By: Chris Aguiar, Esq.
I read what I thought was a decent article this week on some of the advantages of self-funding but wanted to take an opportunity to comment/elaborate. Always great to see self-funding be touted in the public eye via highly visible media sources. It can certainly be difficult to give a very detailed explanation of this complex risk model in a capped word count article, but something jumped out at me that I thought relevant to note. The author describes self-funding generally as “the employer pays for its own employees’ claims, or at least to a certain amount, while larger claims would be handled by insurance companies”. Certainly that is a model we’ve all seen, but it is indeed only one model and the exact kind of description that drives the misconception that a self-funded plan that uses a traditional stop loss model is not fully self-funded and is therefore insured.
It's important to understand that many self-funded plans do not utilize the hybrid approach this description implies. To the casual observer this description suggests that a $1,000.00 claim is paid by the self-funded plan while a $100,000.00 claim is paid by some other health insurance arrangement entered into by the employer; that’s simply not accurate, certainly not among The Phia Group’s clientele. Rather, for many self-funded plans the plan is at all times responsible for the medical bills and, only after the paying, seeks reimbursement from another insurance company. That company from which the plan seeks reimbursement is not a health insurance carrier, rather, it’s a financial insurance vehicle that protects and ensures the viability of the Plan to make sure benefits continue to be available for all employees/beneficiaries of the plan.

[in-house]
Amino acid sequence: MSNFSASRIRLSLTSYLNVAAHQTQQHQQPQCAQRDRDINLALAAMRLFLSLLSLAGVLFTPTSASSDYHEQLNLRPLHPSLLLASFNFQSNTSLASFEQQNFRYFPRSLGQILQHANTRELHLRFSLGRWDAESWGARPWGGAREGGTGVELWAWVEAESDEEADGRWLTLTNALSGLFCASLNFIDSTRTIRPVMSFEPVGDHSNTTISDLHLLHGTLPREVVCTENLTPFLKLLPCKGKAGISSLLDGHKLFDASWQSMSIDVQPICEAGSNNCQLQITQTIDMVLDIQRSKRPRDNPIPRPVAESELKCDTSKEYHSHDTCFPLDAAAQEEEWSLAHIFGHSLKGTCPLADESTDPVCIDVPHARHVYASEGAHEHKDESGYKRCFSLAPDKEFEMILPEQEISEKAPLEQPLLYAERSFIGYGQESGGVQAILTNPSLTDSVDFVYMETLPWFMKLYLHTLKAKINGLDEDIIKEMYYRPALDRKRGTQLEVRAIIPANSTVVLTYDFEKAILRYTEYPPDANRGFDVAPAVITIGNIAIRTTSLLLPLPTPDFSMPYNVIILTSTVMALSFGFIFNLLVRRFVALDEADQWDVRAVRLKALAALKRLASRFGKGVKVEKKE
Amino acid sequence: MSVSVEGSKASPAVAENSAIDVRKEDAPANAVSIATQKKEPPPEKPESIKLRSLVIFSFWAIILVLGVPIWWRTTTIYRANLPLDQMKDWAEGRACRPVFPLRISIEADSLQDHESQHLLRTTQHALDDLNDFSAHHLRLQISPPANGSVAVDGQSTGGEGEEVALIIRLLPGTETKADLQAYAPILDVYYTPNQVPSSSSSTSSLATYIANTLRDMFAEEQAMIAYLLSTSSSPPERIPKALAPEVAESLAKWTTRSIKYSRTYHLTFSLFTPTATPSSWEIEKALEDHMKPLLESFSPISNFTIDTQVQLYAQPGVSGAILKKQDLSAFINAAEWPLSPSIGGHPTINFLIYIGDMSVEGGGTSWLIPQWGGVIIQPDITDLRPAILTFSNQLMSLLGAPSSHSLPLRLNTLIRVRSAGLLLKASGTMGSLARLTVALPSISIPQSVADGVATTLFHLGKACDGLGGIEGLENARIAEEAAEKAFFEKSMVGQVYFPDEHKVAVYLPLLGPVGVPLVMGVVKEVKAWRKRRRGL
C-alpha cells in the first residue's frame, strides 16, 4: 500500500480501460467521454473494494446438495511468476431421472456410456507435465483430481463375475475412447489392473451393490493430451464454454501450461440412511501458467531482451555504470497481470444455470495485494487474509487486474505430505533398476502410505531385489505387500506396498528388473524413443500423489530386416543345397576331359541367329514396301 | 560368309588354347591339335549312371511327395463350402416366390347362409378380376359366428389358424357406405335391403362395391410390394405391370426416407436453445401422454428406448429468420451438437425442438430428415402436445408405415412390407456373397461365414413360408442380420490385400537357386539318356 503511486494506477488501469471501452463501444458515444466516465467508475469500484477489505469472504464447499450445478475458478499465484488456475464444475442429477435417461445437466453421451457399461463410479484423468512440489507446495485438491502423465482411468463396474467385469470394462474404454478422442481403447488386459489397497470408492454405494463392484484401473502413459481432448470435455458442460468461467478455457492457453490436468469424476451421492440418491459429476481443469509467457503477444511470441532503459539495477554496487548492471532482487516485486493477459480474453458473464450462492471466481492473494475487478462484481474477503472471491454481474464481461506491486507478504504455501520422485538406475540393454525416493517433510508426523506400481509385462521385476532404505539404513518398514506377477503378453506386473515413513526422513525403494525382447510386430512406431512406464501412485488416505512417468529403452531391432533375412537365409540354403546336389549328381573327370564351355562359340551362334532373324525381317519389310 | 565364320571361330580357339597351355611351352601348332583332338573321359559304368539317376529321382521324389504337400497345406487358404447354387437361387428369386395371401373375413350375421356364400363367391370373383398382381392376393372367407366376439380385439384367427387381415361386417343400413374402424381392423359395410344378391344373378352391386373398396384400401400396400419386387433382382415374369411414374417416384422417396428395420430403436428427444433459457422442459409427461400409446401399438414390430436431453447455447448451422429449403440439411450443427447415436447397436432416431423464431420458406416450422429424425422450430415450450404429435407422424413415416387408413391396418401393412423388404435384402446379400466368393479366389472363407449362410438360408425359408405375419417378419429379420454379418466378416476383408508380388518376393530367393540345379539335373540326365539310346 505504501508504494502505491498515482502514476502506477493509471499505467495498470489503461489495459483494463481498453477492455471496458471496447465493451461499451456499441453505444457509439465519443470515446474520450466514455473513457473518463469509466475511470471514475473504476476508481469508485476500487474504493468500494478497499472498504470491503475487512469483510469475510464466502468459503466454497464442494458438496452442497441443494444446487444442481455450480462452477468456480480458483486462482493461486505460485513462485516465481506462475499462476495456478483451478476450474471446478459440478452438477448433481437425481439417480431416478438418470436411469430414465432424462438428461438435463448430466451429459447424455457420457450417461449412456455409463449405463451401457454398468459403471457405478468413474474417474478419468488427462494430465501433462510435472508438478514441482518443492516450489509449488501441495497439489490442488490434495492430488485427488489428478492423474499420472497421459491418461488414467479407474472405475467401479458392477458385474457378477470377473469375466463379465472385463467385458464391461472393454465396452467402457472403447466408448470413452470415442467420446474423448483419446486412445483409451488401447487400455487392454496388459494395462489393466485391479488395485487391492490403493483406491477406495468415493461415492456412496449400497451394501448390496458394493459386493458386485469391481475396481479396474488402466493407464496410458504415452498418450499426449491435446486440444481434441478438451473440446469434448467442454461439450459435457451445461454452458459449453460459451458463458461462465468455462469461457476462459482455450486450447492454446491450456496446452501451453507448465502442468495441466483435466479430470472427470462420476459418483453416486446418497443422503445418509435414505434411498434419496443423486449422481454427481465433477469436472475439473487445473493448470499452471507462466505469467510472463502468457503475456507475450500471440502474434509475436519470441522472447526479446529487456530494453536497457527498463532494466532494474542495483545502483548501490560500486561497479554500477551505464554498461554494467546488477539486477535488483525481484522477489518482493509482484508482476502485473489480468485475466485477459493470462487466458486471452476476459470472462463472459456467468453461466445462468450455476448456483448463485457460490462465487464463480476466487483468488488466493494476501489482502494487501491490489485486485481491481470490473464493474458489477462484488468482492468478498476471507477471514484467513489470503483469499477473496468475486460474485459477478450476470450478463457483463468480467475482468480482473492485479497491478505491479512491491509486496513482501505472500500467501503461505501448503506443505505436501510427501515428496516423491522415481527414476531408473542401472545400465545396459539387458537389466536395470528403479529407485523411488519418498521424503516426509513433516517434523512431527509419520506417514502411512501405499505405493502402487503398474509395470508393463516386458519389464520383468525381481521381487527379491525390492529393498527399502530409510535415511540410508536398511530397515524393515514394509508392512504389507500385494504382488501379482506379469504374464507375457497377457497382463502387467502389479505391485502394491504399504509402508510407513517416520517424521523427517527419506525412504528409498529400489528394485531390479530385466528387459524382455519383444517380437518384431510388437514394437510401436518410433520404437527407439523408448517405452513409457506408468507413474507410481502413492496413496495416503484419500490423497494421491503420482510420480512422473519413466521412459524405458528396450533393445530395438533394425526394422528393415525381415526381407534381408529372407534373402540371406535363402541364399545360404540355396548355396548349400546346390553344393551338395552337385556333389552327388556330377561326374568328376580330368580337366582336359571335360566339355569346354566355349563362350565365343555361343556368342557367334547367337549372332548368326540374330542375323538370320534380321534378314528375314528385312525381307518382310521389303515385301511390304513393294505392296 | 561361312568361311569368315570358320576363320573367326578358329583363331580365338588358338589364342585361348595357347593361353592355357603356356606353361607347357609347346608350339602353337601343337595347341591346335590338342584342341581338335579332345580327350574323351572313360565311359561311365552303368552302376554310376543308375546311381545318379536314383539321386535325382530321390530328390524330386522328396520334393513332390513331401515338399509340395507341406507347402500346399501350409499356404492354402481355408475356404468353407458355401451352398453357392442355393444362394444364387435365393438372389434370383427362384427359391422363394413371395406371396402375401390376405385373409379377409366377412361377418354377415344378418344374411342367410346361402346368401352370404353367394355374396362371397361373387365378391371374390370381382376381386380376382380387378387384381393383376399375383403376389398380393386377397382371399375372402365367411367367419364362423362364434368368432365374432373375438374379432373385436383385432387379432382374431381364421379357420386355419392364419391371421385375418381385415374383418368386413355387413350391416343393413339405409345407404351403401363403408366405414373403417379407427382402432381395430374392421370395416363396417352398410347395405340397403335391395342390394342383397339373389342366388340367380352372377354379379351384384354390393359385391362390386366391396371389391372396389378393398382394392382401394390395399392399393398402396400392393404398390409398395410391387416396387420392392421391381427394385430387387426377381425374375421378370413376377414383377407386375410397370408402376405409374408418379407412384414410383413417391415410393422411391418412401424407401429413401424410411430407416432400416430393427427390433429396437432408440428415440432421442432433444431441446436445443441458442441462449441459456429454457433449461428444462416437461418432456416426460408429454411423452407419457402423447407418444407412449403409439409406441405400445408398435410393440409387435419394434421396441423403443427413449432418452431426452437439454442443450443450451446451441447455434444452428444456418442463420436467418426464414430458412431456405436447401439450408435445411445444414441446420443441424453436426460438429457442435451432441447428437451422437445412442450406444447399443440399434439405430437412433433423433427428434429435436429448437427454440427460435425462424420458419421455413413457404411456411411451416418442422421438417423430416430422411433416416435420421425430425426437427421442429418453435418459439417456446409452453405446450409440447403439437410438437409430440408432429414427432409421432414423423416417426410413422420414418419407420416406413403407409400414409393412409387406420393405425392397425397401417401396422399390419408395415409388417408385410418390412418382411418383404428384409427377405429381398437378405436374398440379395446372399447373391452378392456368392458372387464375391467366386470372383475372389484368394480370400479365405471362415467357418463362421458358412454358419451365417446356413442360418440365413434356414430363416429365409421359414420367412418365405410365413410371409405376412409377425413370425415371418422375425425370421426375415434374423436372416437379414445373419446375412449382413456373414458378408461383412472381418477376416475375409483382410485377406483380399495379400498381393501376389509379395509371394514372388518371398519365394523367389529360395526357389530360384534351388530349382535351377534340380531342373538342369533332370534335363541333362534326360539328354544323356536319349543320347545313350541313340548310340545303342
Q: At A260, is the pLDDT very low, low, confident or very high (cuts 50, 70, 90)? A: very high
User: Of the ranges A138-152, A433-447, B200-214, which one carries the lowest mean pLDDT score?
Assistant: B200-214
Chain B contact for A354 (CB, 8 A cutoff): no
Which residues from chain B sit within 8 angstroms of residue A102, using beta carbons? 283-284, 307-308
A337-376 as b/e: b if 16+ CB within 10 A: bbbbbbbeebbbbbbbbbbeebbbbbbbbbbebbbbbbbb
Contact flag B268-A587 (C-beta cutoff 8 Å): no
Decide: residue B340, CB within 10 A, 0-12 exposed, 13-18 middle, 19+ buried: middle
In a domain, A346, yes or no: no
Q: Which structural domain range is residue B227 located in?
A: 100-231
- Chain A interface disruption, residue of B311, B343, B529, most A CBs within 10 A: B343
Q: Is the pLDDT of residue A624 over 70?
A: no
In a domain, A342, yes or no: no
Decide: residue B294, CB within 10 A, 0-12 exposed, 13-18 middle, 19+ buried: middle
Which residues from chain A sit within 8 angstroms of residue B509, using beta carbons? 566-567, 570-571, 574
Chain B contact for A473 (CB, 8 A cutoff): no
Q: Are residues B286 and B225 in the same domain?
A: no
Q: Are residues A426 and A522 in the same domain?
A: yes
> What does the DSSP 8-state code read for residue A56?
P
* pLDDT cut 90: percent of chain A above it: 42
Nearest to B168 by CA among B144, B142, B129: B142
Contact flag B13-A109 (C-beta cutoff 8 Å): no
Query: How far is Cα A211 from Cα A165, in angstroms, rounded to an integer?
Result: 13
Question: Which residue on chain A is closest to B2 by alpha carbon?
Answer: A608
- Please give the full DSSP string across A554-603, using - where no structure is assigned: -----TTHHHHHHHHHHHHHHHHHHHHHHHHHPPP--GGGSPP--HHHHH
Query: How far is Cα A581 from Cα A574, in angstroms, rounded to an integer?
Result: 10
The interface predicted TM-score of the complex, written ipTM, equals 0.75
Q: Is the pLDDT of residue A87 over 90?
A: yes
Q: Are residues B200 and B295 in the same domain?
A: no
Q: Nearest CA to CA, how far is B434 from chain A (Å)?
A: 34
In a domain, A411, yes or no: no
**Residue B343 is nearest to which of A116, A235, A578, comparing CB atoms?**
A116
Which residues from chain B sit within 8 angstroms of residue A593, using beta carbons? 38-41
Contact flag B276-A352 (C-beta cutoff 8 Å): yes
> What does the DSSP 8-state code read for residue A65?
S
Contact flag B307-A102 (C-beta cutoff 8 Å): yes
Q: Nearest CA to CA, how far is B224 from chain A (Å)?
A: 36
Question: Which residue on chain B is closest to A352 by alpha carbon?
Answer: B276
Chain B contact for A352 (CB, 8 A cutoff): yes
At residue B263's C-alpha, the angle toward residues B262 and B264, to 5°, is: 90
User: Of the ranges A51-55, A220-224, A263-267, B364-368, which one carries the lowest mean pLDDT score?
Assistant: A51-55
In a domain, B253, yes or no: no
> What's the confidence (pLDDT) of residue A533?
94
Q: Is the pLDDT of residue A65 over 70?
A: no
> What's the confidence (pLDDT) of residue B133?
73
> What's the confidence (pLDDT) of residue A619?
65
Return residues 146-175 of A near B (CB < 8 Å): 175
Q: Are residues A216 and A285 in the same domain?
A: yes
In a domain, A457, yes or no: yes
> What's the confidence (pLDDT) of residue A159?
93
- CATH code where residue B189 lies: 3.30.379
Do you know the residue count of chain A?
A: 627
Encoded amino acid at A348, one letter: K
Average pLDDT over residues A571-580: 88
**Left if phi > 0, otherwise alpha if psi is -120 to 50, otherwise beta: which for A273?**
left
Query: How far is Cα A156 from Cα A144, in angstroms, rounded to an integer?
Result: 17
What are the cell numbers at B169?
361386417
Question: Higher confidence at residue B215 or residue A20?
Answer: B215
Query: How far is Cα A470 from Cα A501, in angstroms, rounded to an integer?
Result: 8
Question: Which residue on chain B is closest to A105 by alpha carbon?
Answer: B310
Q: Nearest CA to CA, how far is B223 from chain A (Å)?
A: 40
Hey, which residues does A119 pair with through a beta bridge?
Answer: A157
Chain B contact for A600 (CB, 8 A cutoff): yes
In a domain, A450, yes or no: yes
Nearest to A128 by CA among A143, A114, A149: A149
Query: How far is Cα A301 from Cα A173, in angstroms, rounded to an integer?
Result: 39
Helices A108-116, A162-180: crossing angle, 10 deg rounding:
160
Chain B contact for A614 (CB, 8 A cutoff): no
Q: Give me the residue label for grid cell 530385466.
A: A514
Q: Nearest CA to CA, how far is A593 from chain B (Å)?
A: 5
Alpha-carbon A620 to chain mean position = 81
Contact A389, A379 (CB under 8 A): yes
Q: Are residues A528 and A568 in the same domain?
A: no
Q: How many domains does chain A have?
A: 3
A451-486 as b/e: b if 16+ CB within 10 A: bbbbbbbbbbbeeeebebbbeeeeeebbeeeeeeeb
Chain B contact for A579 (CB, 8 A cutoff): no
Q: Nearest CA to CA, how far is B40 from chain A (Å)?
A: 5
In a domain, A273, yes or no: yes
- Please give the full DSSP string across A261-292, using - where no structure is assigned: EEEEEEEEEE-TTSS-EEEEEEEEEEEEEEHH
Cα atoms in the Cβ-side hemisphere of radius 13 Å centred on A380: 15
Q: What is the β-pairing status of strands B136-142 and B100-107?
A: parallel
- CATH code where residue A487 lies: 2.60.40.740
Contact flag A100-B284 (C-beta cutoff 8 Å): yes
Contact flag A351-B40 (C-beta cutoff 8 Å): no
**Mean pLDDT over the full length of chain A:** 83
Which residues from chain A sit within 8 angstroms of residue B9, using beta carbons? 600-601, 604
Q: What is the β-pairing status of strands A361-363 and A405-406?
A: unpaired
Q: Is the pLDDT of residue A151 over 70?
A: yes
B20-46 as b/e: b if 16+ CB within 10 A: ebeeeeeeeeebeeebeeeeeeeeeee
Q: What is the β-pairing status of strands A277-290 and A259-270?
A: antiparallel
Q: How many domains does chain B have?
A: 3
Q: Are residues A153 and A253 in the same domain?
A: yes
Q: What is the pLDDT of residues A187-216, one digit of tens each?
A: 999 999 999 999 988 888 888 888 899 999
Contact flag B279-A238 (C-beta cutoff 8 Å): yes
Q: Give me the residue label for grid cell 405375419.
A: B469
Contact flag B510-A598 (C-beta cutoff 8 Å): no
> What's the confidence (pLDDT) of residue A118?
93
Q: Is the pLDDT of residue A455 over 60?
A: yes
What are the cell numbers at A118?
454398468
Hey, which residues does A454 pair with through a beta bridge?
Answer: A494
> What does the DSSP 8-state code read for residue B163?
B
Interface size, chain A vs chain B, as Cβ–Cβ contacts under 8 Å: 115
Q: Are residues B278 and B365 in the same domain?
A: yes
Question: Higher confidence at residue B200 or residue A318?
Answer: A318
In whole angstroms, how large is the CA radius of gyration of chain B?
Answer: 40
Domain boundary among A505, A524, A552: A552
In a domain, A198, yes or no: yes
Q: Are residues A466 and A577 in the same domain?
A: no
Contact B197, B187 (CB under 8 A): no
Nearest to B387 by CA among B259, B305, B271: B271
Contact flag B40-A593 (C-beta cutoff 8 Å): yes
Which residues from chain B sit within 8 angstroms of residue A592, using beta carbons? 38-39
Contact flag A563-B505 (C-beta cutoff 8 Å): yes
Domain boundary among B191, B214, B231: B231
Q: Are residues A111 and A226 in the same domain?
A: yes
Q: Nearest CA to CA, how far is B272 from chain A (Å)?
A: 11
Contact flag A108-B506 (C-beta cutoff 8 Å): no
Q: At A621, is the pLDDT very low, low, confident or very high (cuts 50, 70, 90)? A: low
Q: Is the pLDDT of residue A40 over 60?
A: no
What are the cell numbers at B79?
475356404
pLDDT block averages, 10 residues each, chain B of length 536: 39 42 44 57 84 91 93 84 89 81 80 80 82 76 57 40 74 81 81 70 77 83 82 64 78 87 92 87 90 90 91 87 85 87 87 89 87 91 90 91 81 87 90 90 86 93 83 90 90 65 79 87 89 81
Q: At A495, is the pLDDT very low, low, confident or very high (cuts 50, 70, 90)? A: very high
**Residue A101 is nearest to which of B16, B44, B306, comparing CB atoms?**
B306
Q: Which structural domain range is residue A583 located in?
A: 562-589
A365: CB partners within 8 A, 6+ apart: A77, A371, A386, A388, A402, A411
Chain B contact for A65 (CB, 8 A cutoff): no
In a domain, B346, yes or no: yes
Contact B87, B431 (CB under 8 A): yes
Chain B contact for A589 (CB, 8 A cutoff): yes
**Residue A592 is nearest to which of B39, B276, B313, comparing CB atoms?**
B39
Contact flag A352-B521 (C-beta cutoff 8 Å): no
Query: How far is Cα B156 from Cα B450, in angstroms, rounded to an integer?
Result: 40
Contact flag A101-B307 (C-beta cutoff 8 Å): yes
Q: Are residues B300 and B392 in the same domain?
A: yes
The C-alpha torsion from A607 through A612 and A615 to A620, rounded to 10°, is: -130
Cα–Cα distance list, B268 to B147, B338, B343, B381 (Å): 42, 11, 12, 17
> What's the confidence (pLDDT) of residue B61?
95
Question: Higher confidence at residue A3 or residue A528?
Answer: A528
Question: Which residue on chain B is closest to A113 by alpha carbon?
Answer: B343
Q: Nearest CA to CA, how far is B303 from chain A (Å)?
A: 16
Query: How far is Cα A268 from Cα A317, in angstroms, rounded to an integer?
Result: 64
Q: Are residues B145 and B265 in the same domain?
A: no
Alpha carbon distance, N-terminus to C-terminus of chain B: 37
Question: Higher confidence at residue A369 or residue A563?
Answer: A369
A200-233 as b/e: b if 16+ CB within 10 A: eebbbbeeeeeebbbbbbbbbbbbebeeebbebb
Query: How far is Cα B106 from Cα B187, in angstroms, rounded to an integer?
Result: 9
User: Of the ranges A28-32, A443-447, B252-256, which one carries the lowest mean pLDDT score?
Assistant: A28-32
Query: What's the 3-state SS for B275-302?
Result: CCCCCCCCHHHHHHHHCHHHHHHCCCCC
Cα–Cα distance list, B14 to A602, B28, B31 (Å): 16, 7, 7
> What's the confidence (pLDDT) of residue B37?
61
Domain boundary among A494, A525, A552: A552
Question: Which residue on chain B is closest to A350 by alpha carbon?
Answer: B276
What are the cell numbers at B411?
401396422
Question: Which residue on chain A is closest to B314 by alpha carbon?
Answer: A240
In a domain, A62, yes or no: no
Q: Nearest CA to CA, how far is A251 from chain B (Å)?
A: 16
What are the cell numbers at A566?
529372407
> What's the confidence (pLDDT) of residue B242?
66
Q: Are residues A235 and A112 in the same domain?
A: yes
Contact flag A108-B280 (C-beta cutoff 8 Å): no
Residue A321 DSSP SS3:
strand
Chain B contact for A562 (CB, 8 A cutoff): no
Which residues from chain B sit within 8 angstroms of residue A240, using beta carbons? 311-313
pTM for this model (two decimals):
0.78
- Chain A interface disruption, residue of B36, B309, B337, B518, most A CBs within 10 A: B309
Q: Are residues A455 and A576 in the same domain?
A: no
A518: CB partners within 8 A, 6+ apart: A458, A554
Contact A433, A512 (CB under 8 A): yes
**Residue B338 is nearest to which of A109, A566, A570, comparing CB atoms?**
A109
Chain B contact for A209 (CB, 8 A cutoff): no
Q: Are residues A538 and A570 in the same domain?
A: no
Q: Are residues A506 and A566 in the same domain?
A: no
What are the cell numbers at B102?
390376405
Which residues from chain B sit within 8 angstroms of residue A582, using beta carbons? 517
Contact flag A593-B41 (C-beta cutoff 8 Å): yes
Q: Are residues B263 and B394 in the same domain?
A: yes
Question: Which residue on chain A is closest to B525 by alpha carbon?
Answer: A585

So, just like the $1,000.00 medical bill, the employer/self-funded plan receives the $100,000.00 claim and must evaluate whether it is eligible for coverage and provide said coverage. Only then, does it submit a reimbursement request (assuming the $100,000.00 is above the applicable deductible). It is often the case that for some reason or another, the plan allows for coverage but the request for reimbursement is denied under the terms of the stop loss insurance policy. Certainly, that self-funded plan would tell you that they were unable to “transfer the risk” on that particular claim.
The description above alone is almost 350 words – so we certainly can’t expect an article of about 750 words intended to cover both self-funding and Direct Primary Care, one of the more innovative approaches being utilized by employers to provide more cost effective health plans to their employees, to describe it in depth. Notably, the author did not quote Mr. Thaxter when making that description, so it’s impossible to know exactly how it was described to him. As practitioner in the self-funded space, it’s incumbent on us to do everything we can to educate those who are self-funded, or looking to become self-funded on the benefits, the risks, and strategic and innovative steps that can be taken to minimize the risk and maximize the reward – more cost effective medical benefits!